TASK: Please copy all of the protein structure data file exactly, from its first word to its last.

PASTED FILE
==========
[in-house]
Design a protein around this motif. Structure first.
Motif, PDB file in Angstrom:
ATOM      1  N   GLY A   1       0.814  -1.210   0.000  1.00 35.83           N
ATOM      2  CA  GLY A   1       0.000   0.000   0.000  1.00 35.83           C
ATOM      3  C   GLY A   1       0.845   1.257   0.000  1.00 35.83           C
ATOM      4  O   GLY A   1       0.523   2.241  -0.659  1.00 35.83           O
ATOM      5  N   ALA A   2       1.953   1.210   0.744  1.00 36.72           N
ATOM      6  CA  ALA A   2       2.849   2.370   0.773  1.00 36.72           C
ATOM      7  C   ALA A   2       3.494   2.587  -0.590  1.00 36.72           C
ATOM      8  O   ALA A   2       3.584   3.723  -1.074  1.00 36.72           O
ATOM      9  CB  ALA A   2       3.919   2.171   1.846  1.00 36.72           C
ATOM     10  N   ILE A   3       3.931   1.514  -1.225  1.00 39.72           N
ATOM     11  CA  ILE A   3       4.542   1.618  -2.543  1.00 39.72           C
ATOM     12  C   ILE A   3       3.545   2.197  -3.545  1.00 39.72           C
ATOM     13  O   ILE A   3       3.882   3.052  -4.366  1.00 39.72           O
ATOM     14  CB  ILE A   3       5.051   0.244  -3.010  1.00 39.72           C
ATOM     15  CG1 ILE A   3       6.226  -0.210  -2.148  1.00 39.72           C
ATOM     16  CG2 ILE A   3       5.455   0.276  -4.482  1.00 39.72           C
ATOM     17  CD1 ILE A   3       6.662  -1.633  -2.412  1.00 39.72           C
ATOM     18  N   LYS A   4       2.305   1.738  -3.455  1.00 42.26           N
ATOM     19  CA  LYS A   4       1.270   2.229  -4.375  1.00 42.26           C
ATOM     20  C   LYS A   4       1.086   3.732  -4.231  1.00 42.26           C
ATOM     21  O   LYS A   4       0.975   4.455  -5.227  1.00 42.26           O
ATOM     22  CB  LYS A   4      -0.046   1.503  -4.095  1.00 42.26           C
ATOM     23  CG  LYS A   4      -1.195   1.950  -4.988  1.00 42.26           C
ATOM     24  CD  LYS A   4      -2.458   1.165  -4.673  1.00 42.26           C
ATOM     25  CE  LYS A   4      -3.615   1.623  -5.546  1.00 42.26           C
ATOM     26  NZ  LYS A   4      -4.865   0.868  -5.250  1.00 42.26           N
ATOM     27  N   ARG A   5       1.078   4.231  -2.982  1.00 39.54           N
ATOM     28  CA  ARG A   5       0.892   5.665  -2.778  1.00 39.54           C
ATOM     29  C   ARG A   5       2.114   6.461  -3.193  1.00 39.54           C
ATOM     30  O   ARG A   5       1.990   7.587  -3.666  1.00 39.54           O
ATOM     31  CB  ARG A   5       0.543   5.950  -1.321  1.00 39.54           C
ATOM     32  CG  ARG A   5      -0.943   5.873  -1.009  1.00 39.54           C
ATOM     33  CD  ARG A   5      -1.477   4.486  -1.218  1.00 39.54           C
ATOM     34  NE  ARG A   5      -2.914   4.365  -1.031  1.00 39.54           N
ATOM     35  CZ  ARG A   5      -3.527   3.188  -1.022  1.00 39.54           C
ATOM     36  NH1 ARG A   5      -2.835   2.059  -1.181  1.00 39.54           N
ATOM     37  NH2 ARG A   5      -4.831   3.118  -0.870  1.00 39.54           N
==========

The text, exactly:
[in-house]
Design a protein around this motif. Structure first.
Motif, PDB file in Angstrom:
ATOM      1  N   GLY A   1       0.814  -1.210   0.000  1.00 35.83           N
ATOM      2  CA  GLY A   1       0.000   0.000   0.000  1.00 35.83           C
ATOM      3  C   GLY A   1       0.845   1.257   0.000  1.00 35.83           C
ATOM      4  O   GLY A   1       0.523   2.241  -0.659  1.00 35.83           O
ATOM      5  N   ALA A   2       1.953   1.210   0.744  1.00 36.72           N
ATOM      6  CA  ALA A   2       2.849   2.370   0.773  1.00 36.72           C
ATOM      7  C   ALA A   2       3.494   2.587  -0.590  1.00 36.72           C
ATOM      8  O   ALA A   2       3.584   3.723  -1.074  1.00 36.72           O
ATOM      9  CB  ALA A   2       3.919   2.171   1.846  1.00 36.72           C
ATOM     10  N   ILE A   3       3.931   1.514  -1.225  1.00 39.72           N
ATOM     11  CA  ILE A   3       4.542   1.618  -2.543  1.00 39.72           C
ATOM     12  C   ILE A   3       3.545   2.197  -3.545  1.00 39.72           C
ATOM     13  O   ILE A   3       3.882   3.052  -4.366  1.00 39.72           O
ATOM     14  CB  ILE A   3       5.051   0.244  -3.010  1.00 39.72           C
ATOM     15  CG1 ILE A   3       6.226  -0.210  -2.148  1.00 39.72           C
ATOM     16  CG2 ILE A   3       5.455   0.276  -4.482  1.00 39.72           C
ATOM     17  CD1 ILE A   3       6.662  -1.633  -2.412  1.00 39.72           C
ATOM     18  N   LYS A   4       2.305   1.738  -3.455  1.00 42.26           N
ATOM     19  CA  LYS A   4       1.270   2.229  -4.375  1.00 42.26           C
ATOM     20  C   LYS A   4       1.086   3.732  -4.231  1.00 42.26           C
ATOM     21  O   LYS A   4       0.975   4.455  -5.227  1.00 42.26           O
ATOM     22  CB  LYS A   4      -0.046   1.503  -4.095  1.00 42.26           C
ATOM     23  CG  LYS A   4      -1.195   1.950  -4.988  1.00 42.26           C
ATOM     24  CD  LYS A   4      -2.458   1.165  -4.673  1.00 42.26           C
ATOM     25  CE  LYS A   4      -3.615   1.623  -5.546  1.00 42.26           C
ATOM     26  NZ  LYS A   4      -4.865   0.868  -5.250  1.00 42.26           N
ATOM     27  N   ARG A   5       1.078   4.231  -2.982  1.00 39.54           N
ATOM     28  CA  ARG A   5       0.892   5.665  -2.778  1.00 39.54           C
ATOM     29  C   ARG A   5       2.114   6.461  -3.193  1.00 39.54           C
ATOM     30  O   ARG A   5       1.990   7.587  -3.666  1.00 39.54           O
ATOM     31  CB  ARG A   5       0.543   5.950  -1.321  1.00 39.54           C
ATOM     32  CG  ARG A   5      -0.943   5.873  -1.009  1.00 39.54           C
ATOM     33  CD  ARG A   5      -1.477   4.486  -1.218  1.00 39.54           C
ATOM     34  NE  ARG A   5      -2.914   4.365  -1.031  1.00 39.54           N
ATOM     35  CZ  ARG A   5      -3.527   3.188  -1.022  1.00 39.54           C
ATOM     36  NH1 ARG A   5      -2.835   2.059  -1.181  1.00 39.54           N
ATOM     37  NH2 ARG A   5      -4.831   3.118  -0.870  1.00 39.54           N